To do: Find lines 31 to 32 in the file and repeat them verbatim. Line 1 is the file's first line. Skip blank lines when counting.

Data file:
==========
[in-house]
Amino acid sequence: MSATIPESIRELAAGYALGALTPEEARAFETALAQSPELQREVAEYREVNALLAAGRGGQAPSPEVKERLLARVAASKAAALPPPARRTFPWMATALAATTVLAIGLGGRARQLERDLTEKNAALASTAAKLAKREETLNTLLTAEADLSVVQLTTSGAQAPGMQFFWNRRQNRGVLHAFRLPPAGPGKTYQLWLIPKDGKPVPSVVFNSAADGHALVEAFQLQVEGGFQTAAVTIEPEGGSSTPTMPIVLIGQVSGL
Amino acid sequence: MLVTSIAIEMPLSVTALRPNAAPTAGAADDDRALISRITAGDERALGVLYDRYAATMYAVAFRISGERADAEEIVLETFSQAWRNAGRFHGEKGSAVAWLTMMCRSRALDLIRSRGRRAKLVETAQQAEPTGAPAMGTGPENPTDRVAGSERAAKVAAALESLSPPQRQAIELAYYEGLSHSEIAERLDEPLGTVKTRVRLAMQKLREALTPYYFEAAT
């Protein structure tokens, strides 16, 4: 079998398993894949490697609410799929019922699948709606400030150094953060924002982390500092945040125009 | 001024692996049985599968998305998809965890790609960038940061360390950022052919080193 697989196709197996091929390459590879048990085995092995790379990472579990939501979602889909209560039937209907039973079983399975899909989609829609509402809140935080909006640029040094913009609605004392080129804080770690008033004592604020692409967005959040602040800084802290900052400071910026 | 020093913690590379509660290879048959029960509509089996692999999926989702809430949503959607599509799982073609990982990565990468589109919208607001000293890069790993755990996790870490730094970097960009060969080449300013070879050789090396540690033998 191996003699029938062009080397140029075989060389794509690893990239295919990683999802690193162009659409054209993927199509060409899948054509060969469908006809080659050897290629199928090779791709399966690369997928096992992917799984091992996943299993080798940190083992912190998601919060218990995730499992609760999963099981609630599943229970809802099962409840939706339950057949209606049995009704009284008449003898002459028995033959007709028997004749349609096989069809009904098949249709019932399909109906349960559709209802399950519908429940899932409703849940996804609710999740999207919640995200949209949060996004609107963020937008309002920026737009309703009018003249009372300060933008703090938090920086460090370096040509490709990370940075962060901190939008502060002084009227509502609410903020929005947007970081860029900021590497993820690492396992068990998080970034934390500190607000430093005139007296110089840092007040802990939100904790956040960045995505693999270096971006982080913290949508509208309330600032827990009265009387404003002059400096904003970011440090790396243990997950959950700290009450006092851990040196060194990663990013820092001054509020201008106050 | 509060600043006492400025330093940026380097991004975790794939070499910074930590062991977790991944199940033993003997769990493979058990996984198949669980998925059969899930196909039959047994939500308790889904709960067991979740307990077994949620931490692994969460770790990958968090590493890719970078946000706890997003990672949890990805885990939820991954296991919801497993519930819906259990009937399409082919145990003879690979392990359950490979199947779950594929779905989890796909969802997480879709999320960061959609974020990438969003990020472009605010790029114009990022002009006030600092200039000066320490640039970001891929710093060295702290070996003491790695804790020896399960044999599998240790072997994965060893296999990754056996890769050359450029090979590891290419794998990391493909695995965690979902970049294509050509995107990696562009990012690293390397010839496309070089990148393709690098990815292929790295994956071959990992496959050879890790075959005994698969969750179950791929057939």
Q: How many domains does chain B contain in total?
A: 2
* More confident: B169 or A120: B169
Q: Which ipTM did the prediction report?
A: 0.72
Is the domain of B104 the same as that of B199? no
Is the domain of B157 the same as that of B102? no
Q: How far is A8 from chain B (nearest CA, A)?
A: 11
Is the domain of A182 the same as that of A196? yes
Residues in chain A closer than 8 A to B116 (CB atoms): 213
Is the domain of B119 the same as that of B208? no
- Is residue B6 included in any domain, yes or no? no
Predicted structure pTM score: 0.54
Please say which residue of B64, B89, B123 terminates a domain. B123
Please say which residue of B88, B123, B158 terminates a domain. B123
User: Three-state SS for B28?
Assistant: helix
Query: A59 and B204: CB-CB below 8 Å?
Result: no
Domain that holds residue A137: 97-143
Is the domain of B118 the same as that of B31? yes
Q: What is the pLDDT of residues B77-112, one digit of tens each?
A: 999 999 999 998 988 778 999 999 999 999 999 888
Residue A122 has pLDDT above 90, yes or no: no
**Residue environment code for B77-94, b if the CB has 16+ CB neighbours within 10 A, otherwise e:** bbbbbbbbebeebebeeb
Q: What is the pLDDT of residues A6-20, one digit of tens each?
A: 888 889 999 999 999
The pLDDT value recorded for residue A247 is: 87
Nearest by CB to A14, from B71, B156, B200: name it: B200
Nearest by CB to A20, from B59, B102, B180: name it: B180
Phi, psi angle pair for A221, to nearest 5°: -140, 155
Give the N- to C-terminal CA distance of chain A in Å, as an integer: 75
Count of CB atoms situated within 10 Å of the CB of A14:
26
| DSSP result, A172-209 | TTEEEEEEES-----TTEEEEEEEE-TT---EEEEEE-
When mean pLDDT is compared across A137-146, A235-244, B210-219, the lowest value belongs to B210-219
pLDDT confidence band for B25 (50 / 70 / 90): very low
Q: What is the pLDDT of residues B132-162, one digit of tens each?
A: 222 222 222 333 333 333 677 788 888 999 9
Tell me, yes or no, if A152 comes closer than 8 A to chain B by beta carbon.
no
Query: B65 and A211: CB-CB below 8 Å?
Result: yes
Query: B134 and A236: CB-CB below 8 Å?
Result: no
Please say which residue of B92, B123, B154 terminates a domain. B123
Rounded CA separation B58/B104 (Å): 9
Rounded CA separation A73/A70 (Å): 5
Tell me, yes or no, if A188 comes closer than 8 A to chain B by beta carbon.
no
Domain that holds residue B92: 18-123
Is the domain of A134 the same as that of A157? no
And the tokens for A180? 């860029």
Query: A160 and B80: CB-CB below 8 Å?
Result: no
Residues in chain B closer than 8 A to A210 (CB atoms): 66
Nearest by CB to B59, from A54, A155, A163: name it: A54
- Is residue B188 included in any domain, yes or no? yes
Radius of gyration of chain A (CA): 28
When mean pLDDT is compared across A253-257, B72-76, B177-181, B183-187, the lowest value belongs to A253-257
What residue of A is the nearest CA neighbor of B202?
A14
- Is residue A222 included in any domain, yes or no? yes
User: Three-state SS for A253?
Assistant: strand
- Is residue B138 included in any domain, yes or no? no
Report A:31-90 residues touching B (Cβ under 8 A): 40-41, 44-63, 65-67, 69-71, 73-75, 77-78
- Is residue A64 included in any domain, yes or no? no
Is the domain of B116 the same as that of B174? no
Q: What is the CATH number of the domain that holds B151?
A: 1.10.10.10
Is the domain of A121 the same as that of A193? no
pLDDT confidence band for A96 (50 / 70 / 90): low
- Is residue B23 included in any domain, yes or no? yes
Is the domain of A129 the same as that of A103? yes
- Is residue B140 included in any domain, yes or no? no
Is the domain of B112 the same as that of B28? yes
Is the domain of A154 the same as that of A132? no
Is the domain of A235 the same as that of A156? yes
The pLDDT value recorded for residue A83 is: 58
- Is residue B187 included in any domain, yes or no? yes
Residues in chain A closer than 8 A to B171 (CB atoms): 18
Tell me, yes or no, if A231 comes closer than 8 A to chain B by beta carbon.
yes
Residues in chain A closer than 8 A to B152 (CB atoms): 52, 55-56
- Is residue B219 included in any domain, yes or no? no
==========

Q: What is the pLDDT of residues A6-20, one digit of tens each?
A: 888 889 999 999 999